When it comes to taking climate action at work, knowing where (and how!) to start can be tricky. There are so many different routes to take and levers to pull that it can all feel pretty overwhelming at times.
Fret not: the good news is that tens of thousands of employees all over the world are already taking action, and there’s no shortage of inspiration out there.
From the Amazon employees pressuring Jeff Bezos to do more for climate and the Shell contractor who dropped a viral resignation video, we’ve rounded up a small selection for you to dive into and get inspired by.
1. The Amazon employees who walked off the job for climate justice
In September 2019, around 1500 Amazon employees downed tools and walked off the job, protesting the global behemoth’s lack of action on the climate crisis. It was huge news at the time; it was the first time in the company’s 25-year history that employees participated in a mass walkout.
Days beforehand, with rumblings that a strike was on the cards, Amazon CEO Jeff Bezos started enacting change. He pledged that the company would follow advice from the Paris Climate Agreement to reduce greenhouse gases and commit to become carbon neutral by 2040. Bezos has also established a $2 billion investment fund for companies who are decarbonising.
While Bezos’s climate pledge is a step in the right direction, employees want more action taken to reduce Amazon’s impact on the environment. Amazon Employees for Climate Justice are calling for more aggressive net zero targets, with 2030 as the year to eradicate emissions, as well as a request for the company to stop selling its cloud services to the oil and gas industry, and to cease donations to politicians and think tanks who are still denying that climate change is a thing (yup, they’re still out there). Whether or not Bezos will walk his talk still remains to be seen.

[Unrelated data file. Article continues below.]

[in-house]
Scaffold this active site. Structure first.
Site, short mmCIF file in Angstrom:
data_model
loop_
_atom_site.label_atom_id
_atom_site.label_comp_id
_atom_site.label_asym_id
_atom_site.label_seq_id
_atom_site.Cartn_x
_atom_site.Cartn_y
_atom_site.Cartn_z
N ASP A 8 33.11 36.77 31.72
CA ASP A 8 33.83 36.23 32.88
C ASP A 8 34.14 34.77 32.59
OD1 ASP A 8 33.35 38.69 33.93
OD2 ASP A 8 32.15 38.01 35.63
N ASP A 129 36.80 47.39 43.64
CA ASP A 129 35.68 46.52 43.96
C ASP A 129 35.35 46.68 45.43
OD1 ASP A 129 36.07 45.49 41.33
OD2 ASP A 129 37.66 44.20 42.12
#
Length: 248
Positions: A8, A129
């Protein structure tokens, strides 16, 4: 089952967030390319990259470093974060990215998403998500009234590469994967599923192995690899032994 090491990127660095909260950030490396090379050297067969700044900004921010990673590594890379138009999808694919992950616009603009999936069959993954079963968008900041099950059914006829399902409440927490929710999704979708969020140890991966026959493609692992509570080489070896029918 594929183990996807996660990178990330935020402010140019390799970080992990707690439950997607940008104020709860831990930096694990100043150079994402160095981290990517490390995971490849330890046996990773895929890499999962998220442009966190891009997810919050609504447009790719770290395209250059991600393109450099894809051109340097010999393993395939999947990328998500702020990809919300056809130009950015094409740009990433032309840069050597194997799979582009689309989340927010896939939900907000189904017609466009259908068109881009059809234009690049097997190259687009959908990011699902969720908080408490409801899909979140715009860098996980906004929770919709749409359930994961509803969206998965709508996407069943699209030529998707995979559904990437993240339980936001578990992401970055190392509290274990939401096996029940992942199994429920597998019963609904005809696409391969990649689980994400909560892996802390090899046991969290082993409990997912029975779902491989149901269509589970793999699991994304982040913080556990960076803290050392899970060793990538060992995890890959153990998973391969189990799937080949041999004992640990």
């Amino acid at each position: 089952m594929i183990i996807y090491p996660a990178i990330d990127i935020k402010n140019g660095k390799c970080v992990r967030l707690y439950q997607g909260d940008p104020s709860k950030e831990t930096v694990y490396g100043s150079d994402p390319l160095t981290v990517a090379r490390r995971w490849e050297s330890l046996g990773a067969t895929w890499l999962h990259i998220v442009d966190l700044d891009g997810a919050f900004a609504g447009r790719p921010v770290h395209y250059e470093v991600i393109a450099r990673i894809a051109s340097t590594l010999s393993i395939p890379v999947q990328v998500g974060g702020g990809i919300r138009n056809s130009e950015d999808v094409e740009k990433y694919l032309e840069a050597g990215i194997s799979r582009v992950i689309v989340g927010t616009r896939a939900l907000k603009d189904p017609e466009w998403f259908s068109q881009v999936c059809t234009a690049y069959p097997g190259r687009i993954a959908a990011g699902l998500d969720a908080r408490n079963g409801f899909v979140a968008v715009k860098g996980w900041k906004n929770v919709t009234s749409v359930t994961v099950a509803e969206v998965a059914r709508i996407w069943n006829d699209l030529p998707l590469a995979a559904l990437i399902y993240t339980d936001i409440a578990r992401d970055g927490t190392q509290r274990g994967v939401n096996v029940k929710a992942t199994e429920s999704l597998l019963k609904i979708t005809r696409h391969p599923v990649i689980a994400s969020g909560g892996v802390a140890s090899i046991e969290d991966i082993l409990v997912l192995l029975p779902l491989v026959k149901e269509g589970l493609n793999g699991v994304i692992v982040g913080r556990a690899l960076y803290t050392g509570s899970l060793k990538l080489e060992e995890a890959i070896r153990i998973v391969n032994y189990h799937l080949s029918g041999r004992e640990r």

2. The Microsoft staff who penned an open letter demanding climate action
A few days before 2019’s Global Climate Strikes, led by Greta Thunberg, Microsoft signed a major collaboration with Chevron and Schlumberger, two of the world’s biggest players in energy, oil and gas. The deal was a tipping point for Microsoft employees, who penned an open letter protesting the company’s complicity in the climate crisis. Enough was enough.
Amazingly, their voice was heard. In early 2020, the tech giant made some big changes to their climate policy. While Microsoft has been carbon neutral since 2012 (through purchasing carbon offsets), they’ve committed to going carbon negative by 2030, and removing their historical carbon emissions – that’s everything they’ve emitted since 1975 – by 2050. They’ve also established a $1 billion climate innovation fund.
Microsoft is still far from perfect – the company’s carbon footprint grew 21% in 2021 and it has faced criticism for providing cloud services to oil and gas companies – but the company’s own employees look prepared to keep turning up the heat.
3. The Facebook employees who called for bans on political advertising
No stranger to controversy, Facebook again made headlines in 2019 during Trump’s presidential campaign. Why? Because Facebook appeared to be allowing presidential candidates – nay, just about anyone – to post whatever they dang well felt like, regardless of whether it was actually true.